A 3 minute read by Alexa Ellis, Director, Special Projects/Founder
It’s easy to neglect brand voice as a fluffy, unimportant aspect of marketing—until someone messes it up. Or doesn’t do it. When you think about Dos Equis, what comes to mind? Or Apple? Or Mailchimp? You laugh or feel reassured or think about a mascot. But more importantly, the brand voice connects with the company’s value proposition in each of these examples. The Most Interesting Man in the World connects to a good, relaxing time drinking a beer. Apple’s idiosyncratic philosophy applies to the hardware you buy that helps your creativity and productivity. Mailchimp’s cheery, non-technical ease of using email software makes it attractive for users.
So what happens when you lack voice? We’ll first pick on some big, obvious targets to clearly illustrate the power of voice—and the lack of power without it.
McDonalds vs. Burger King
Let’s look at two well-known fast food companies: McDonald’s and Burger King. The McDonalds website, best represented by the homepage, is a jumble of mixed messages. The homepage is kid-dominated, meaning this content will lack relevancy for adults who may mostly look for deals and information. Plus, other vague messages (“become an insider” or “enjoy the choice”) pop in and out, potentially confusing visitors.
Burger King, by contrast, offers a consistent voice that seems to target adults looking for deals. It sounds like plain, everyday language that can range across a wide demographic. Any “kid voice” is reserved for the “BK for Kids” section.
While judging only the McDonalds and Burger King homepages isn’t a fair judgment of these companies’ holistic marketing efforts, it does show how even the biggest brands struggle to create a consistent brand voice that clearly articulates their value proposition in the minds of customers.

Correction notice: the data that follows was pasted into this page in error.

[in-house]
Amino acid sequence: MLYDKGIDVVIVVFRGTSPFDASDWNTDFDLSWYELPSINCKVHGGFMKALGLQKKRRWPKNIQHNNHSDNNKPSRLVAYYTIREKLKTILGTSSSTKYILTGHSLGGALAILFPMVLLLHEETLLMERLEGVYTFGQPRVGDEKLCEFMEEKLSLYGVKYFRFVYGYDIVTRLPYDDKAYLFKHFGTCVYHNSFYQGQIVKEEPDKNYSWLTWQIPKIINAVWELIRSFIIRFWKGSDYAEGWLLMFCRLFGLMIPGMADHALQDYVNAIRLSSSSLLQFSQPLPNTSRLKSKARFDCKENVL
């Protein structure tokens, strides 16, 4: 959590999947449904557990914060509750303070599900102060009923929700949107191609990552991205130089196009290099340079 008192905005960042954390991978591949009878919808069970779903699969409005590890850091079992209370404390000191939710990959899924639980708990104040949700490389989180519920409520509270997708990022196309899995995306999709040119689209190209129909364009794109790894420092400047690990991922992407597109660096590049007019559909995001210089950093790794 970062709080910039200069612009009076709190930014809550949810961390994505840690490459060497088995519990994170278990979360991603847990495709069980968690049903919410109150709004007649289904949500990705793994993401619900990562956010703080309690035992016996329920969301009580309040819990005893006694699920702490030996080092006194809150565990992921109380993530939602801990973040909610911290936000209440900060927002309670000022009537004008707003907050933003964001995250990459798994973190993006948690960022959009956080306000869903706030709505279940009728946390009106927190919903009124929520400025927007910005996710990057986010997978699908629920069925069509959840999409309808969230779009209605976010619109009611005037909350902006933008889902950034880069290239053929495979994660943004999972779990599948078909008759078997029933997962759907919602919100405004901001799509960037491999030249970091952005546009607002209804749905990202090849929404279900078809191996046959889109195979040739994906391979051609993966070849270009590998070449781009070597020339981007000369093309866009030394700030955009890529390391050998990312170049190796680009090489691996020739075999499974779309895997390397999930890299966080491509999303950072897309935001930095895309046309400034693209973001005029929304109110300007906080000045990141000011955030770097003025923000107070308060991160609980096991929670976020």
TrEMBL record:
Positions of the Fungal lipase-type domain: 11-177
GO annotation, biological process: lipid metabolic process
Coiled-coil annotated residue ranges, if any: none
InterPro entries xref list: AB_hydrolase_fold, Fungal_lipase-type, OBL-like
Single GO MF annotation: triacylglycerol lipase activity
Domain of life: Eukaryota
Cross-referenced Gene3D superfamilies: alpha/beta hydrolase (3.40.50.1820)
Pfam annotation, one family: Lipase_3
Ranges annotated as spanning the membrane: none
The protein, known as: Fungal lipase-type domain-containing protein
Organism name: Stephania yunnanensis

So how you do begin to craft a strong brand voice? Here are a few starting points.
Match brand voice to your value proposition.
Once you understand your value proposition, you’ll have a better understanding of how you should construct your brand voice. For example, if McDonalds’s value proposition is fast, affordable food in a family-friendly environment, then they need to create a brand voice that engages adults while hinting about (but not over-emphasizing) amenities for children—similar to Burger King.
Keep your target audience in mind.
Understand everything you can about them. If you’re targeting millennials, then you will talk to them differently than senior citizens.
Understand your values enough to articulate a point of view.
Stand for something. Make a decision about it. And then stay consistent. You can’t be all things to all people. Understanding your values helps you stay true to yourself. Customers can detect if you’re phony or affected. If you believe in your values, your company, your products, and your services, then talk about it in an authentic, honest, and passionate way.
Use voice to help you differentiate.
Why are you different? If you understand how you are unique, then your brand voice can help communicate that uniqueness.